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12 Ways to Lower Summer Camp Costs for Kids

Make Summer Fun and Affordable

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Lower summer camp costs

Lower summer camp costs without sacrificing memory-making fun

Photo © Camp Warren / Flickr
Summer camps for kids can squash a family's shoestring budget. A full session for a private overnight camp can cost over $10,000 and nonprofit camps can eat about $500 out of your piggy bank for one week.

Get more help on finding the right summer camps for your kids. Read the free Summer Camp Guide.

Make Summer Camps for Kids Fit Into Your Family's Budget

With a little legwork and preparation, you can make your child a happy camper without depressing your bank account.

Day Camp Vs. Overnight Camp
Although there are many benefits to overnight camp, day camps are typically less expensive. They can run the same length of days as an overnight camp. You just drop your kids off in the morning and pick them up in the afternoon instead.

Day camp can be a perfect option for children who haven't spent much time away from home. Moms and dads who've forked over hundreds of dollars or more for an overnight camp can be shocked when their camper who couldn't wait to go away for two weeks is homesick the first night out of the house.

Summer Camp Scholarships
Many summer camps for kids offer scholarships to cover some or all of the camper's costs. How to qualify depends on the type of camp your child wants to attend.

A traditional summer camp with crafts, swimming and nights around the campfire may or may not ask to see a parent's tax return with the scholarship application. A music camp might want a recording of your child playing an instrument. A sports camp could require membership in that sport's official organization. Each scholarship's rules vary with some more relaxed than others.

Payment Plans
More summer camps are allowing parents to make several payments rather than one lump sum to reserve your child's space. Many give you the option of starting payment plans months before summer camp begins so your bank account doesn't take a massive hit right as you pack your child's bags for camp.

Bargaining
Old-fashioned haggling is a tactic more summer camps are opening up to as families tighten their spending. You'll never know if you can knock the price down if you don't ask.

Prioritize your list of potential summer camps before you try to negotiate a lower rate. Call your number one choice. You have a better chance of bargaining with a real person on the other end of the line instead of through an email.

Early Bird Rates
Early bird rates are a wild card when it comes to the amount of money you can save. You'll find early bird discounts as low as $5 at one summer camp or over $100 at another camp running the same amount of days.

"Early bird" can also mean a summer camp registration deadline as soon as December for the next year's summer camp. It might be as late as the end of April.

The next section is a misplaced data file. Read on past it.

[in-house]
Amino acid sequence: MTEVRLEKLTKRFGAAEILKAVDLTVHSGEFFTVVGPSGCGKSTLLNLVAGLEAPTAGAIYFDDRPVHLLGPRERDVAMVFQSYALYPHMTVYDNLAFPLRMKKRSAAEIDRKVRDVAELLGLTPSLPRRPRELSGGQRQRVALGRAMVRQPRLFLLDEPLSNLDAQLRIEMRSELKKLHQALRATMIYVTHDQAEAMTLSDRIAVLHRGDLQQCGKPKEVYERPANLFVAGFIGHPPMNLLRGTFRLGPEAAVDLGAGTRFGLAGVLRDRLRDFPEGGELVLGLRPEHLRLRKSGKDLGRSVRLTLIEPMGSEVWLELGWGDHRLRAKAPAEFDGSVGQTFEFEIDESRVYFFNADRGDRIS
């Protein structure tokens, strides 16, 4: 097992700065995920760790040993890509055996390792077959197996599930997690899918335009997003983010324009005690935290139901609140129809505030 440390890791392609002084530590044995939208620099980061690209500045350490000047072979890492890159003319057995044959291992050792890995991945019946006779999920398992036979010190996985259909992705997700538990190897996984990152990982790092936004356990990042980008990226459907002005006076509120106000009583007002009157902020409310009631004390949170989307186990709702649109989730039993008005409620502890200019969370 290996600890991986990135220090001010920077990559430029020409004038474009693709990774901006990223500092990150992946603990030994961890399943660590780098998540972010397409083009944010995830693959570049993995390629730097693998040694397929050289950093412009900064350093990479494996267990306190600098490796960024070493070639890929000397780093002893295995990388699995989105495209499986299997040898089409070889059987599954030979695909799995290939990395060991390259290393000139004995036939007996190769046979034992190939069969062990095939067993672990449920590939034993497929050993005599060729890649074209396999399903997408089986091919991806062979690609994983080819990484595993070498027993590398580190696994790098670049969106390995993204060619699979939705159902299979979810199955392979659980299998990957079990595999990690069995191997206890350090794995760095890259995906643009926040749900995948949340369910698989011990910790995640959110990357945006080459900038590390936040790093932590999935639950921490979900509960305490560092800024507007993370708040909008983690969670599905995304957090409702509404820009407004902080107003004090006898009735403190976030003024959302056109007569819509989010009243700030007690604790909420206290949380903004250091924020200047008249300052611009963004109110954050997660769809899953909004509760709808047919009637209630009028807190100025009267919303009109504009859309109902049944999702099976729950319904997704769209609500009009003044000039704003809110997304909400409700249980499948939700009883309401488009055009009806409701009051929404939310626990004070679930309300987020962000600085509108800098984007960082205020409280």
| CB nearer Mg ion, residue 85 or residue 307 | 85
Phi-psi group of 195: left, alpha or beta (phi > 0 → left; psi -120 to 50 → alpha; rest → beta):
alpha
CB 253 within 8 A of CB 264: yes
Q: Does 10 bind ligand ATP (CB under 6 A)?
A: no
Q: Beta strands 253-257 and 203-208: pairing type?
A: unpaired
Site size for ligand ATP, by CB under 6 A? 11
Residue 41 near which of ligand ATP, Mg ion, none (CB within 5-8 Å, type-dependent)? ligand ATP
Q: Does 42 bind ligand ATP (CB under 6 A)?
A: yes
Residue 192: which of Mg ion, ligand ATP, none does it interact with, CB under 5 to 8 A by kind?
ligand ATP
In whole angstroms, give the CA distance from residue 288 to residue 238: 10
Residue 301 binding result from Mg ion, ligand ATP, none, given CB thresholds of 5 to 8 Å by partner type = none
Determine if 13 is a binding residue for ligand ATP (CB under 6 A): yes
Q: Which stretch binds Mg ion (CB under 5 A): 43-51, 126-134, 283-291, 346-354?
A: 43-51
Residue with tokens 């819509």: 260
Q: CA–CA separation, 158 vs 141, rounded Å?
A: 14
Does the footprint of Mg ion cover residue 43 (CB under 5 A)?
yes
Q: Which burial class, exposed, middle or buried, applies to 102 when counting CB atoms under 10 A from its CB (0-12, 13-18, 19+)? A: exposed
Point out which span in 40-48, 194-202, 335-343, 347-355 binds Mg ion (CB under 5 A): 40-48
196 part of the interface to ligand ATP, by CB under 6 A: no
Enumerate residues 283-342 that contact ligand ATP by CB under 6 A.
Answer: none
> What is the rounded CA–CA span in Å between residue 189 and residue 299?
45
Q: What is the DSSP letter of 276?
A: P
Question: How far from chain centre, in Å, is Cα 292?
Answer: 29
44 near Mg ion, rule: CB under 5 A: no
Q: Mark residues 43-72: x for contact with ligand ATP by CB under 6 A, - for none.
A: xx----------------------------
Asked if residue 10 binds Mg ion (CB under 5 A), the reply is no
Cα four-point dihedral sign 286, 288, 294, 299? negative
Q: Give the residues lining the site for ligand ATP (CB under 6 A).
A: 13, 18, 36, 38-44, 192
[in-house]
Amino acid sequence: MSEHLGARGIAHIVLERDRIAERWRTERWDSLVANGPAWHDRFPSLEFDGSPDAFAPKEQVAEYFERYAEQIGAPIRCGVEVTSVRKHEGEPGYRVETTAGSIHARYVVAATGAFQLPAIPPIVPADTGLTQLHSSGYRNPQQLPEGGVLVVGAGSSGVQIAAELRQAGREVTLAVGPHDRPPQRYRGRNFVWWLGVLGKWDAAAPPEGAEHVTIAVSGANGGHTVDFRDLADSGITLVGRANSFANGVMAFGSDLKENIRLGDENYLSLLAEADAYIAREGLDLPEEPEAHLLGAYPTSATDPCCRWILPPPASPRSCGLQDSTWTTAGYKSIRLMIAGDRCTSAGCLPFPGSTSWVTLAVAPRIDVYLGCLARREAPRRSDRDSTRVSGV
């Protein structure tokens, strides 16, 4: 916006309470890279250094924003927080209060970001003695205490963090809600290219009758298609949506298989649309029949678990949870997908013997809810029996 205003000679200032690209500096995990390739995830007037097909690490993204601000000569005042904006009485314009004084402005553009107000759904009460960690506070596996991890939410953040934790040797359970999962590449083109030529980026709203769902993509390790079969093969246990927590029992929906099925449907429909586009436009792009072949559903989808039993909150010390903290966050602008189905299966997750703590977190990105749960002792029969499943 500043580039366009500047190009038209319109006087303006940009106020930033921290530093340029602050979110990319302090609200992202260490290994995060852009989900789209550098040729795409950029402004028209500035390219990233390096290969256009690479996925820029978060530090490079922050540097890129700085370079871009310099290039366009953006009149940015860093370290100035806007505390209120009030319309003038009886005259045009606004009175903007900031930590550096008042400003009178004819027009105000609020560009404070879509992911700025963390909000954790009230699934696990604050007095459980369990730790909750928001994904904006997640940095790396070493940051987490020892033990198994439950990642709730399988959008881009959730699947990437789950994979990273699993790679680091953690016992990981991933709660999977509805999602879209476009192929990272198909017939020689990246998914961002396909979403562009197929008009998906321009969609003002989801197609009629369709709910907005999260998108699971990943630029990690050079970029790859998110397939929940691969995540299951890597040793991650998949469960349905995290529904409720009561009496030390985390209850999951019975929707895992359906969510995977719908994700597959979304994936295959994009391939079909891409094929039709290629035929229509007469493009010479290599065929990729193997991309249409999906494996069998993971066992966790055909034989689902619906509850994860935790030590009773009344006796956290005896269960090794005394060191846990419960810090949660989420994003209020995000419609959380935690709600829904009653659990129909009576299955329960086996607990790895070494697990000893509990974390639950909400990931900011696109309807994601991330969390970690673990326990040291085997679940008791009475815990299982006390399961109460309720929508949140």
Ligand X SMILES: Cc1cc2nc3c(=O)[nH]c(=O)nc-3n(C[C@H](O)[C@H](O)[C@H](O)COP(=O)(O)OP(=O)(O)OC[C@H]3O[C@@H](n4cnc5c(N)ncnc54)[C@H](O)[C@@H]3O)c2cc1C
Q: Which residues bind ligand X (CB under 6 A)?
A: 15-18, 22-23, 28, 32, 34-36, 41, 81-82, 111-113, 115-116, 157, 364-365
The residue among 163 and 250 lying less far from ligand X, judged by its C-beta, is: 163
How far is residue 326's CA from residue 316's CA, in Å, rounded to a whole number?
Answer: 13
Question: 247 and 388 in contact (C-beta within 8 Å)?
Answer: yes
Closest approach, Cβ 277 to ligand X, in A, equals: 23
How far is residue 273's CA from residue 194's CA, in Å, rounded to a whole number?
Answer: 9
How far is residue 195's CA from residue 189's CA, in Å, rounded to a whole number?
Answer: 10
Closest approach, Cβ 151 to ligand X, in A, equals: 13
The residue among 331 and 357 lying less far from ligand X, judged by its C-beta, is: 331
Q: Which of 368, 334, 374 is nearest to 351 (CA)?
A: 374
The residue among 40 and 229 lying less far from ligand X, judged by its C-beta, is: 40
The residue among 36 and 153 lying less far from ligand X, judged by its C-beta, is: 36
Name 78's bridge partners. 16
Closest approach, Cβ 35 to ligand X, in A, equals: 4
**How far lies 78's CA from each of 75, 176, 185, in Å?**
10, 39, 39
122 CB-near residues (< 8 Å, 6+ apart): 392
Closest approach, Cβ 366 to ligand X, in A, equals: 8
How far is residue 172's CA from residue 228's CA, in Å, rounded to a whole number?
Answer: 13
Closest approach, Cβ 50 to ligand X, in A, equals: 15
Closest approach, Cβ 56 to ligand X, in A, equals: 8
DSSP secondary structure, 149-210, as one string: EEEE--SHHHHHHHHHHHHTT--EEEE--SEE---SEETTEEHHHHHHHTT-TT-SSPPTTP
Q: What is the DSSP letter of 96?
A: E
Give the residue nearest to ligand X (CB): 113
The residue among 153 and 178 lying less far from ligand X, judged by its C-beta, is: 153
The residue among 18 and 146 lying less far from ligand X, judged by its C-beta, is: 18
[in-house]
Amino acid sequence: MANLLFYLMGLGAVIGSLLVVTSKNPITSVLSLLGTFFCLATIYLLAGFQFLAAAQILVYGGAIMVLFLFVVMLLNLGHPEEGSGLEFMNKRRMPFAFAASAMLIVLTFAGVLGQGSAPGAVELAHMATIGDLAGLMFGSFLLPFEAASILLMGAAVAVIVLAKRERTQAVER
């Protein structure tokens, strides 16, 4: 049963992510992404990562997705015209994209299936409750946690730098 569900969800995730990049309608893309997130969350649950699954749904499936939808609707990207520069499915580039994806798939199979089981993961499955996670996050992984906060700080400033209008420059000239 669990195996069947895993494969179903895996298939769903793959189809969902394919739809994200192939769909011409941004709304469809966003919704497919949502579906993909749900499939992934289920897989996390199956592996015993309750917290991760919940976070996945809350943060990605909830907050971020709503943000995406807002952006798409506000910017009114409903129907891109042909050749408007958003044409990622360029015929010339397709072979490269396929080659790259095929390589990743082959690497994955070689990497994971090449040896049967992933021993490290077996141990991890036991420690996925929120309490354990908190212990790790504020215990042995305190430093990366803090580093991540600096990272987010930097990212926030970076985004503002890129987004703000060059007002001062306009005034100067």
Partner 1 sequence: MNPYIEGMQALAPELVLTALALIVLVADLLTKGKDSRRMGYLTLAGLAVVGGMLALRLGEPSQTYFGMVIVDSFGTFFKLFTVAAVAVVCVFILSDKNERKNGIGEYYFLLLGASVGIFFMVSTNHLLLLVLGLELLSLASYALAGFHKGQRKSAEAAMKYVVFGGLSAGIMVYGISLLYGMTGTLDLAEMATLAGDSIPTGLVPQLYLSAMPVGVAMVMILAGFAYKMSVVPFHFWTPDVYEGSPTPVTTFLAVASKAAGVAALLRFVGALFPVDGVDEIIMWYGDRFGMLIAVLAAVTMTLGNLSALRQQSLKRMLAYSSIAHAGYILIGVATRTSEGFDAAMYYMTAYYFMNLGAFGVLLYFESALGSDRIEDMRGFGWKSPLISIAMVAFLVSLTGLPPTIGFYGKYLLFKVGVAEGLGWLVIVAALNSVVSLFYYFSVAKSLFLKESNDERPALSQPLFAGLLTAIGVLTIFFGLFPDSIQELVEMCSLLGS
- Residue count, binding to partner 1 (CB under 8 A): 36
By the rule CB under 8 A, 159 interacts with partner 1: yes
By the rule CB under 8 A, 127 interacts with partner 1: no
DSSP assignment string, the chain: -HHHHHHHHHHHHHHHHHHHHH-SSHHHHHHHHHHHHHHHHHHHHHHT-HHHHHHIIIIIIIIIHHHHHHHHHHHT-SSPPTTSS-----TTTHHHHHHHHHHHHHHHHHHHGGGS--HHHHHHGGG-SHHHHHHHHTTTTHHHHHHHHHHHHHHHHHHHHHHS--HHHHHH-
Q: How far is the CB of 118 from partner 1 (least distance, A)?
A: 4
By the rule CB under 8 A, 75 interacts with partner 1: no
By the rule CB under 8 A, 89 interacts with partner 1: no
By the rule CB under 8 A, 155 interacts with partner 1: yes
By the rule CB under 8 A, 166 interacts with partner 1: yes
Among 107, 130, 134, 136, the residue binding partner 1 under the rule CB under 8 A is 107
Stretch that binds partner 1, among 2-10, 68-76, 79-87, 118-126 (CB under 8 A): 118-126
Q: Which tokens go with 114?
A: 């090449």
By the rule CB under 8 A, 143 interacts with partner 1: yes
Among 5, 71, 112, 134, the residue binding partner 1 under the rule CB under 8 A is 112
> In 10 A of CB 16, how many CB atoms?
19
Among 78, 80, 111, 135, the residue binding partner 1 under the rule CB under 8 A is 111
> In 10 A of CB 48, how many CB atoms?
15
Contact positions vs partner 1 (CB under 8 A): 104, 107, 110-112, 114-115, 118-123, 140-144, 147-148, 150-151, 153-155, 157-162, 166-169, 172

Sibling Discount
The more the merrier for summer camps. That's why they usually offer a sibling discount if you enroll two or more children at the same time.

Another strategy is to ask if the camp will allow a sibling discount if you send your child and a cousin or friend in the same age range. There are summer camps that would rather have the two kids on a sibling discount than lose both campers.

Online Registration
You won't usually save a significant amount of money filling out your child's summer camp registration online but every little bit helps. Look for summer camps that offer online registration discounts. Your typical savings will be $10 to $20.

Barter
Bartering can save you lots of money at summer camps for kids. There are several ways you can try to barter to get the camp costs down.

Summer camps need adult hands to help. Barter by volunteering your time to pitch in on certain days. Teach a craft. Cook food. Clean up.

Get creative when bartering. Your summer camp may need a brochure. Can you write it? Design it?

Do you know how to build a website? Would you volunteer to update the camp's blog? Post pictures online?

Approach the camp as you would a business. Make a proposition to see if there's a way you could get involved to help the summer camp and reduce the cost of sending your kids there.

Prorated Time
Love the camp but not the price? Ask if you can send your child to camp for a portion of the session.

To get a general idea of how much you could save, calculate the amount you would spend for a full week or two at summer camp. Start deducting that amount off the camp's full session time to see how much your prorated fee would cost your family and how many days your child would actually get to attend.

Honor System
A newer option summer camps are presenting to parents is an honor system. For the same summer camp session, parents are given a range of fees. You choose your price based on how much you can comfortably afford.

All children get the same camp experience for the same amount of time. No one knows how much anyone else paid.

Look for Competition
Research the summer camps in your region. In cities where there are multiple summer camps, they're fighting to get your child to enroll in their program. This can work to your advantage with more discounts and bargaining opportunities.

Dependent Care Flexible Spending Account
If your or your spouse's employer offers daycare expenses, check to see if a dependent care flexible spending account may help your family pay for summer camp. There are many IRS rules associated with a dependent care flexible spending account so be sure to talk with your accountant before making a decision.

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